CFN Projection: Fourth Round

17. OLB Lerentee McCray, Florida 6-2, 250
SIGNED WITH DENVER
It took a little while before he became a player, and now there’s lots of tread left on the tires with a world of great upside. With decent size and excellent quickness, he has good tools to go along with a great motor going 100 miles per hour all the time. He makes up for problems with great tools and want-to – he never stops working and fights his way into making plays. While he’ll overrun plays because he’s trying too hard, it’s coachable to dial things back a bit. Health is always a problem, dinged up throughout his career, and he worked behind an elite defensive front, but he could be an intriguing part of a defense as an X factor.
CFN Projection: Fourth Round

18. OLB Mike Taylor, Wisconsin 6-1, 234
Too small, too slow and with no room to get bigger and no real chance to get faster, he’s missing all the basics. However, he’s a devastating football player and a peerless tackler, using his smarts and instincts to be one step ahead of the play and doing everything needed to come up with a stop. He’ll never get in the backfield and he’ll never be flashy, but he’ll go unnoticed for long stretches but will still end up with 12 tackles. He’ll have to be a key special teamer, but he can work in a variety of ways in a rotation and produce when he gets his chances.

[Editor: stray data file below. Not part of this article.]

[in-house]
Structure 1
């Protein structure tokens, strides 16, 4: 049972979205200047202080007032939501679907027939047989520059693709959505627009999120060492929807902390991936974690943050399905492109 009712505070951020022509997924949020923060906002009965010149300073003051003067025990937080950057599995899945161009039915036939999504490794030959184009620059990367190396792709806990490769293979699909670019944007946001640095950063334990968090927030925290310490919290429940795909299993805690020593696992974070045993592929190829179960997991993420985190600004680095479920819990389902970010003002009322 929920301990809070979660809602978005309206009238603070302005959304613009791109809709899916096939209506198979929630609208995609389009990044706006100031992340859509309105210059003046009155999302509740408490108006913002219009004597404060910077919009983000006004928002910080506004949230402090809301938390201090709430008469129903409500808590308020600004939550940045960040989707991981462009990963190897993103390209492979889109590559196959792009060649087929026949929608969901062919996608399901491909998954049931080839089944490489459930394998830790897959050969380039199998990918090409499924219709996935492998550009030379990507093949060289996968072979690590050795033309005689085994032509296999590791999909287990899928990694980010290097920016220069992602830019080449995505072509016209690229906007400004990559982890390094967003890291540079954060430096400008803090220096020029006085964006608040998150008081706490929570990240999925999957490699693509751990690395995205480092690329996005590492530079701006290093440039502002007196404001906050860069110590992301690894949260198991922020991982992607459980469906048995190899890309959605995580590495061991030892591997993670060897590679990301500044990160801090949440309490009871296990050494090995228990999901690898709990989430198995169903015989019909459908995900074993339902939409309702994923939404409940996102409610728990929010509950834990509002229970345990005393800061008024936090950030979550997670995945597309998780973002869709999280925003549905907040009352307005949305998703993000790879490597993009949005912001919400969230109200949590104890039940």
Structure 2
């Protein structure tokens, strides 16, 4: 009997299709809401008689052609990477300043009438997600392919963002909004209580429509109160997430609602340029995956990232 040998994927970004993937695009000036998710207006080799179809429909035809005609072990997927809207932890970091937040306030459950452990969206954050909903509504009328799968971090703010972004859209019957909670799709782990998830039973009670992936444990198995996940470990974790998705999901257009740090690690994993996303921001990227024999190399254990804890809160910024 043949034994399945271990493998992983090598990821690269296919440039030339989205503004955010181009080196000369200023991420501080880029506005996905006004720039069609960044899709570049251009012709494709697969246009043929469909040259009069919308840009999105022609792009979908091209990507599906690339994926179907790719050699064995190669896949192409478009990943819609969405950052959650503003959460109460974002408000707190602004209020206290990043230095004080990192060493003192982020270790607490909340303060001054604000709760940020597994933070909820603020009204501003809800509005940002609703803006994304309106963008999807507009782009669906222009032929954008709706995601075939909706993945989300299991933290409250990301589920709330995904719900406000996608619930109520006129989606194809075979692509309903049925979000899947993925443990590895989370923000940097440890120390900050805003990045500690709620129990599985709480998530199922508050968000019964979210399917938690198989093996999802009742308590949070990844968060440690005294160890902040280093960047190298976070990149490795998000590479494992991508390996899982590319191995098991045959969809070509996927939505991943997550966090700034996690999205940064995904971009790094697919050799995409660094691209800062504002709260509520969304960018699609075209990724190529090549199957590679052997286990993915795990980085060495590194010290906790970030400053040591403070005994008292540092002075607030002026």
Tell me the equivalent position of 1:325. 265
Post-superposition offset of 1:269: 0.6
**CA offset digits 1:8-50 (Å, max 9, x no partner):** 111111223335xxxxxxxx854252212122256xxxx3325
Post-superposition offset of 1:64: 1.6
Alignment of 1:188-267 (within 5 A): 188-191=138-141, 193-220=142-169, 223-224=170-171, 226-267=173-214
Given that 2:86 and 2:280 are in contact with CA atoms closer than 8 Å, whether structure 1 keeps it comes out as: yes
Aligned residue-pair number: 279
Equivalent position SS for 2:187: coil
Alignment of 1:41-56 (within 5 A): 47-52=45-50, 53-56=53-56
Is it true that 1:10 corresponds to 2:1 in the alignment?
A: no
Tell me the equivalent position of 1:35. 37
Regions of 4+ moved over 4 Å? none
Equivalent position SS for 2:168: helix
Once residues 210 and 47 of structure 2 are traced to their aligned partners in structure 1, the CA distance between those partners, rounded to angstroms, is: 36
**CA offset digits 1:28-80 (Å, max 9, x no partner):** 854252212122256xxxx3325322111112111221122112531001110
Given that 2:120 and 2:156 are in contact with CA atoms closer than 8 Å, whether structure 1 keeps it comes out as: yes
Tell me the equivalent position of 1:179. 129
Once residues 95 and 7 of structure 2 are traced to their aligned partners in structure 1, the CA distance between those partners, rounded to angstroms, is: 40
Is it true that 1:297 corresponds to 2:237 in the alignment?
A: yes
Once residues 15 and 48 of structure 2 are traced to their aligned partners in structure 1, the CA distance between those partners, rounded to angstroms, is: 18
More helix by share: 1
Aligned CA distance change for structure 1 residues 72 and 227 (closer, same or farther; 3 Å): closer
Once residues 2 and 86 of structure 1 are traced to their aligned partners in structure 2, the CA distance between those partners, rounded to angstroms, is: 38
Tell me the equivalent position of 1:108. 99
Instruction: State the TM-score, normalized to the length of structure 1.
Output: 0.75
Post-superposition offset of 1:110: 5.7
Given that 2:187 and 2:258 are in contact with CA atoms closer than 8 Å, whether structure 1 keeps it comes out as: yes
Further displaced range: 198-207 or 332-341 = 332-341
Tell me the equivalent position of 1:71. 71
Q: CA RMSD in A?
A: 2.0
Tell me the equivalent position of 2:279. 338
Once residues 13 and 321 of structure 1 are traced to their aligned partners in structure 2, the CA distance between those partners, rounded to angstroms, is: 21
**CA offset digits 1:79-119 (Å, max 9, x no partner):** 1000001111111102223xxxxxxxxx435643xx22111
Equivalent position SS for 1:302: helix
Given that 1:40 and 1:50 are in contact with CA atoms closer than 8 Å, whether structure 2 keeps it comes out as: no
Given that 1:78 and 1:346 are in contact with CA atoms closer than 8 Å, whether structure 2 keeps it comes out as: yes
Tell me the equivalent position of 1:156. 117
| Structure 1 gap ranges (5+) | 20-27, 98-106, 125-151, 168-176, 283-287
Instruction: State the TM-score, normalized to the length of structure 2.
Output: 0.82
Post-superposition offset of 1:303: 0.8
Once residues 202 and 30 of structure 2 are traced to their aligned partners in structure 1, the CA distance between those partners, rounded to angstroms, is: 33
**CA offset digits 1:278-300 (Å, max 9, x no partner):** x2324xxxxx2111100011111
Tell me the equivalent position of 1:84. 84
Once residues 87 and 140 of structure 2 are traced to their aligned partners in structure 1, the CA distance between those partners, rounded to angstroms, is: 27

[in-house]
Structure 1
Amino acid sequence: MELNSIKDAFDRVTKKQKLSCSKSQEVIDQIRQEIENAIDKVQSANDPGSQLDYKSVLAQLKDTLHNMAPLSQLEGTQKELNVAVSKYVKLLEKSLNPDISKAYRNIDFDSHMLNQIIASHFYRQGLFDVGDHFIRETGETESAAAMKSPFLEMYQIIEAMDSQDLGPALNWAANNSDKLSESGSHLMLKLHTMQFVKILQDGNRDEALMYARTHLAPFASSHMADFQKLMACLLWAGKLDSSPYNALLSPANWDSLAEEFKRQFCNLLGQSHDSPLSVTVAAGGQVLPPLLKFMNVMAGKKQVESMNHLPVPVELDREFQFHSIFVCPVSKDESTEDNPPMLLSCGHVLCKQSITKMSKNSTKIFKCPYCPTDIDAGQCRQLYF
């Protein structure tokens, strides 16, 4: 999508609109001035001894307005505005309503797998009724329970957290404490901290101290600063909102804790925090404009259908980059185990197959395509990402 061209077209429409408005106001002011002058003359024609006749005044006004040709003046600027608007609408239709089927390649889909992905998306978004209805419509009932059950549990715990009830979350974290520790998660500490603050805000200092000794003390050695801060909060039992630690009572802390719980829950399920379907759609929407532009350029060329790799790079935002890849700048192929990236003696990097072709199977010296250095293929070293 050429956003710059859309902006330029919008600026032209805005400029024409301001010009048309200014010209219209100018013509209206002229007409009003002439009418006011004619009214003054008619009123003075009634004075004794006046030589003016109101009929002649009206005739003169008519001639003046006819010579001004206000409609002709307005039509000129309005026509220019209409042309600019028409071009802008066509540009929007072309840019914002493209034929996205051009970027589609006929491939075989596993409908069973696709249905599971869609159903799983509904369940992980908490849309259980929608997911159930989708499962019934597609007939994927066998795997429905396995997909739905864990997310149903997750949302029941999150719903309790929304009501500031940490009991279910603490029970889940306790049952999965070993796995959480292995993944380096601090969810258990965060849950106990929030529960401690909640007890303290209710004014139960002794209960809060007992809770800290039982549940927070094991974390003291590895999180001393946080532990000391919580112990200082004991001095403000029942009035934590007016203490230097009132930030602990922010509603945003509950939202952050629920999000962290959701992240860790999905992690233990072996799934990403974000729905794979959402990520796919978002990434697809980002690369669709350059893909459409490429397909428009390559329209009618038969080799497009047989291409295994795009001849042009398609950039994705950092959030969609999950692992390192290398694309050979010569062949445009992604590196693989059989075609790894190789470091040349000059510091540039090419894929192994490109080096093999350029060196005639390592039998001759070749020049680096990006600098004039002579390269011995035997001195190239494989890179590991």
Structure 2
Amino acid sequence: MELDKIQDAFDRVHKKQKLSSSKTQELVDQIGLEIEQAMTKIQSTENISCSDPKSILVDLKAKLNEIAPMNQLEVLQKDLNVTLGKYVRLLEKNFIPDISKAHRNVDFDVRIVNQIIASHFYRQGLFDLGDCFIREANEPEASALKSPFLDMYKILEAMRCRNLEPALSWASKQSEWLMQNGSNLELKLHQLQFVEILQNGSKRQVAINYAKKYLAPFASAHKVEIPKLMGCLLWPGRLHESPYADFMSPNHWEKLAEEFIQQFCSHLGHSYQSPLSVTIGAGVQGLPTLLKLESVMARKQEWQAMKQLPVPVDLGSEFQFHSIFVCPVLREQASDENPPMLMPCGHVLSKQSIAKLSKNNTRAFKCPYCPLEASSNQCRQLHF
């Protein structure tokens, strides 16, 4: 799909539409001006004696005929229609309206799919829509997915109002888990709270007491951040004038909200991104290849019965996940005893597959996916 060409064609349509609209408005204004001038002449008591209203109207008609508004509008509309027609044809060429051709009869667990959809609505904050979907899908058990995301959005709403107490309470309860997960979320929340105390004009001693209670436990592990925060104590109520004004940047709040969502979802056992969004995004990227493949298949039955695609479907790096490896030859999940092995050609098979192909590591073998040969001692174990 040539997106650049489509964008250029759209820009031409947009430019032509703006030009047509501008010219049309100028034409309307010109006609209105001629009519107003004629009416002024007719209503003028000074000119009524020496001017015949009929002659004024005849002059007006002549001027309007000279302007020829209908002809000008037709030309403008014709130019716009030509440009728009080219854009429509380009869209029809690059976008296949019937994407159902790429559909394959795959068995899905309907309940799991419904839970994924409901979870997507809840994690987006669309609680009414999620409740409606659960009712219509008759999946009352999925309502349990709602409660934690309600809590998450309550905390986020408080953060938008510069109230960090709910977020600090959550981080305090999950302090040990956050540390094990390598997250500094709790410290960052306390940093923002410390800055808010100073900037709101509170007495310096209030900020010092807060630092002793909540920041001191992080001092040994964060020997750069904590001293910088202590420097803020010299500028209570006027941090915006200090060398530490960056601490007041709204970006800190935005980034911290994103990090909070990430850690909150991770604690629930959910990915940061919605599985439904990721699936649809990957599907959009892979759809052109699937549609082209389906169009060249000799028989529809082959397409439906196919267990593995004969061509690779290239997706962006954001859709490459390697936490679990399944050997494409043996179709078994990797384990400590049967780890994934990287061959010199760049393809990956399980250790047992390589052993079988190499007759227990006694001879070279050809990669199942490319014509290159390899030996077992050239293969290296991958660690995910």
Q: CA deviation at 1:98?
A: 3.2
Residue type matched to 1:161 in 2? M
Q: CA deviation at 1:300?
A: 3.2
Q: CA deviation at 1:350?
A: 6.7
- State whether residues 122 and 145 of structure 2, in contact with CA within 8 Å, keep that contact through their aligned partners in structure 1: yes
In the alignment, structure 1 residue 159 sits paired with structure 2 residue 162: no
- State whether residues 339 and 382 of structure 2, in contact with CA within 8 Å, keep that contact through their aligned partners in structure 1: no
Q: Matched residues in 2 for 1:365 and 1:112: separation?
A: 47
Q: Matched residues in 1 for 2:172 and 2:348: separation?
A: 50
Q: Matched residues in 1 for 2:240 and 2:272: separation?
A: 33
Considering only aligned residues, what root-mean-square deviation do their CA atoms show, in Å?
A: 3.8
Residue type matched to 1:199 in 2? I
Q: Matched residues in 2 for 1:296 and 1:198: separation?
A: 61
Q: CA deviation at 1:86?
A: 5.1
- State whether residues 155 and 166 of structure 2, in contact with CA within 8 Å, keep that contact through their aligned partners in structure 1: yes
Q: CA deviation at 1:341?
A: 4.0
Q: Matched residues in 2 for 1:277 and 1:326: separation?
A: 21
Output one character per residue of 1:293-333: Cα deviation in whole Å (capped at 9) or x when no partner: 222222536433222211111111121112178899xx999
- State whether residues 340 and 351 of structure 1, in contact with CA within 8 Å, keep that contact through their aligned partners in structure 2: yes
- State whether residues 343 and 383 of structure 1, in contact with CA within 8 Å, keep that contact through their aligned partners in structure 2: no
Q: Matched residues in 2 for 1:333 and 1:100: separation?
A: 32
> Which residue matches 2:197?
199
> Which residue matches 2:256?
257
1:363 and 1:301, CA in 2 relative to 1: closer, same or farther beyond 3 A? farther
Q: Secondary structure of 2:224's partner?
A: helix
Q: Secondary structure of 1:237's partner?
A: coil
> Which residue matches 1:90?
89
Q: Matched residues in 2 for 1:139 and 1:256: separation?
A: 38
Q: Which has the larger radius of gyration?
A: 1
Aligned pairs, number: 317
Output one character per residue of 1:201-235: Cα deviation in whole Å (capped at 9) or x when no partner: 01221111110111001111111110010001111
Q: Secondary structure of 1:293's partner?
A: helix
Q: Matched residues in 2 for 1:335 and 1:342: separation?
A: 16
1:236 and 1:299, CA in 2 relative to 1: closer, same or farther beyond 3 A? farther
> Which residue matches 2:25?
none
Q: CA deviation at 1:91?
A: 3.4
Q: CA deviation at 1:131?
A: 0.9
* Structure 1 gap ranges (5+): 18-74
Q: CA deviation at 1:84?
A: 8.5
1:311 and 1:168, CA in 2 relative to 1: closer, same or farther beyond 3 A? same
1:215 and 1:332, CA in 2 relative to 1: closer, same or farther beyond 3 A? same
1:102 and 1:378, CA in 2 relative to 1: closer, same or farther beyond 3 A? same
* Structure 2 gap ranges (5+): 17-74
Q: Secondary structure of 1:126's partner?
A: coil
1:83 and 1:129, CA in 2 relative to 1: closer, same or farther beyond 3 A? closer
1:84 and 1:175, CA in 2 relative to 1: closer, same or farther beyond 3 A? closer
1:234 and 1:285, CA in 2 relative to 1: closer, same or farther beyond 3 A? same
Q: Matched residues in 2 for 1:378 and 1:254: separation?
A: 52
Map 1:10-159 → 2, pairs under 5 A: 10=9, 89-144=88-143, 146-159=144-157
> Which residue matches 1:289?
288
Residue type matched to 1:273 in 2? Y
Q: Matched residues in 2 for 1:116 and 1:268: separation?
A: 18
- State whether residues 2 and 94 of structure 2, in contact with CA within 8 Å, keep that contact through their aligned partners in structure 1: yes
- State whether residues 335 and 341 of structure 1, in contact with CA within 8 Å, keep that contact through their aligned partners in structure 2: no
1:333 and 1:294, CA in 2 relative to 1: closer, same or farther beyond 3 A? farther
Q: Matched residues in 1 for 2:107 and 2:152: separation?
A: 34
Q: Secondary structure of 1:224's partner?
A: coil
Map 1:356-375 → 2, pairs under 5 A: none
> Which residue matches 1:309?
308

CFN Projection: Sixth Round

19. ILB John Lotulelei, UNLV 5-11, 233
SIGNED WITH SEATTLE